Human Trafficking is indicative of an immoral condition of such magnitude as to fly in the face of God. It is an affront to all the godly qualities and characteristics within the human soul. In other words, it dehumanizes all of us.
After last week’s article, “Human Trafficking Redux,” my friend Linda, reminded me of the salacious activities uncovered by the work of two people posing as a pimp and a prostitute attempting to acquire housing through ACORN (Association of Community Organizations for Reform Now). I’m sure you watched the undercover tapes being broadcast on the news, where the man posing as a pimp openly stated that he wanted these homes for the purpose of bringing under-aged girls from South America to work as prostitutes. That was shocking enough, but the manner in which the employees of ACORN accommodated the request was stunning. It was handled in such a matter-of-fact manner that it spoke volumes of whatever else was going on under the guise of a community organization. There was the expected outcry from “We the people,” and of course the appropriate posturing of our elected officials who all huffed and puffed their indignation, harrumphing their disdain for such awful activities going on right under their noses. Then the attacks on the man and woman who filmed these various meetings with ACORN workers were relentless. I’ll leave you to decide the morality of their sting operation. But here’s a question: Would anyone in a position of power have bothered to investigate unless they had hard evidence? I think not.
I wonder how many of us are aware of a report that was released in 2007 by the state of California, entitled, “Human Trafficking in California – Final Report of the California Alliance to Combat Trafficking and Slavery Task Force.” This was published by the California Attorney General’s Office. I was particularly interested in the section which identified California as being a “Magnet for Traffickers.” The opening page quoted the 13th Amendment to the Constitution: “Neither slavery nor involuntary servitude, except as a punishment for crime whereof the party shall have been duly convicted, shall exist within the United States, or any place subject to their jurisdiction” (Amendment XIII, Slavery Abolished (1865).
Well, that’s a great start.
Consider this statement by California Assemblywoman Sally Lieber: “The problem of human trafficking has reached into neighborhoods throughout California and is one of the fastest growing criminal enterprises in the world. Individuals are bought, sold, transported and held in inhumane conditions for use in prostitution or as forced laborers. It would be morally and socially irresponsible to ignore this problem and the victims it creates in California every year.” (September 21, 2005 – signing of AB 22).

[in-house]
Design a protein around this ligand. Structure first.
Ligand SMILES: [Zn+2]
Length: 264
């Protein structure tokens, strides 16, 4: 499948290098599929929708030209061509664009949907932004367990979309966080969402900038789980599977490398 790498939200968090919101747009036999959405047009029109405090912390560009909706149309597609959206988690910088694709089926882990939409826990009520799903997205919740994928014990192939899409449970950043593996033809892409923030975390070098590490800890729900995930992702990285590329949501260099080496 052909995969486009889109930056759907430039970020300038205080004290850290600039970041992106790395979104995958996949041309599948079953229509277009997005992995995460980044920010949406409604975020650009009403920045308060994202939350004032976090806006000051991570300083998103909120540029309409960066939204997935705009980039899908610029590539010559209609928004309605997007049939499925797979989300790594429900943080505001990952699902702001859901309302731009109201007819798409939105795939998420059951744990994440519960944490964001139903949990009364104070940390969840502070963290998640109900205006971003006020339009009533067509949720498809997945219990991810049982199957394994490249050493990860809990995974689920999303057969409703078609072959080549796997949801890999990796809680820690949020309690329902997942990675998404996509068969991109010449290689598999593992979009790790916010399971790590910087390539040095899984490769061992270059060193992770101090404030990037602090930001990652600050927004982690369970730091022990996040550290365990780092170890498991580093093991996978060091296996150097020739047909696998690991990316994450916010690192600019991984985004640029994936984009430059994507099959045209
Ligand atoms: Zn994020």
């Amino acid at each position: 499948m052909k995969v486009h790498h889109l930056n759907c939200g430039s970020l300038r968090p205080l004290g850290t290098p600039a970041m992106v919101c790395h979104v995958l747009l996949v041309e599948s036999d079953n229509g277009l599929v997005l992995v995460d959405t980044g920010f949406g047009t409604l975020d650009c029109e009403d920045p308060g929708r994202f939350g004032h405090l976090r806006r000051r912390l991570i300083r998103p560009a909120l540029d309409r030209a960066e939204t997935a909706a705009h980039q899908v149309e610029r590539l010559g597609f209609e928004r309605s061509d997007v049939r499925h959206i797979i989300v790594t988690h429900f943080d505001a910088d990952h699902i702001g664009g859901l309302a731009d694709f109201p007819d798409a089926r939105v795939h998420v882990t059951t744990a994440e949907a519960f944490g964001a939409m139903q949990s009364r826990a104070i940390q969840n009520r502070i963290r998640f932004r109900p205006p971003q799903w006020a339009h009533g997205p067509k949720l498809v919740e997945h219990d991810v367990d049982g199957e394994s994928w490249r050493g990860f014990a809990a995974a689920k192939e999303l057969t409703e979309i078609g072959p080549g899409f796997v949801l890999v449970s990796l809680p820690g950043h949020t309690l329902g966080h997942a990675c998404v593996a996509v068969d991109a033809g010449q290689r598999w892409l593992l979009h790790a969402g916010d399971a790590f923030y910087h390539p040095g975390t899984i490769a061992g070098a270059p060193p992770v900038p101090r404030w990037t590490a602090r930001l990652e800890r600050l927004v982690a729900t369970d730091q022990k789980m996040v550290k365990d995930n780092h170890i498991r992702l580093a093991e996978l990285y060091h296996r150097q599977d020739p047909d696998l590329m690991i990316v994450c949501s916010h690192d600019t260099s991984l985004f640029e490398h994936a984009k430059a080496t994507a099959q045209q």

There is a simple pattern to the way human traffickers operate. I shared some of this in my first article three weeks ago based on my own exposure and experience with this morally reprehensible so-called business. This next statement is taken from the findings of the California Task Force assigned to investigate trafficking. “Traffickers lure victims into the United States with deceptive promises of good jobs and better lives, and then force them to work under brutal and inhuman conditions, and deprive them of their freedom. Victims of human trafficking may be involved in agricultural labor, construction labor, hotel and motel cleaning services, illegal transporters, organized theft rings, pornography, prostitution, restaurant services, domestic services, servile marriage (mail-order brides) and sweatshops. Once in this country, many suffer extreme physical and mental abuse, including rape, sexual exploitation, torture, beatings, starvation, death threats and threats to family members.”
The scope of the problem of trafficking in California found that “over 80 percent of the documented cases took place in urban areas: Los Angeles, San Diego, San Francisco and San Jose, and the majority of victims were non-citizens, with or without valid travel documents.”
“To put the power of the economic magnet for trade in human beings in perspective, it took transatlantic trade 400 years to import 12 million African slaves to the United States. Yet, within Southeast Asia alone an estimated 30 million women and children have been trafficked – in the past ten years.”
To report human trafficking, call the U.S. Department of Justice Hotline, 1-888-428-7581.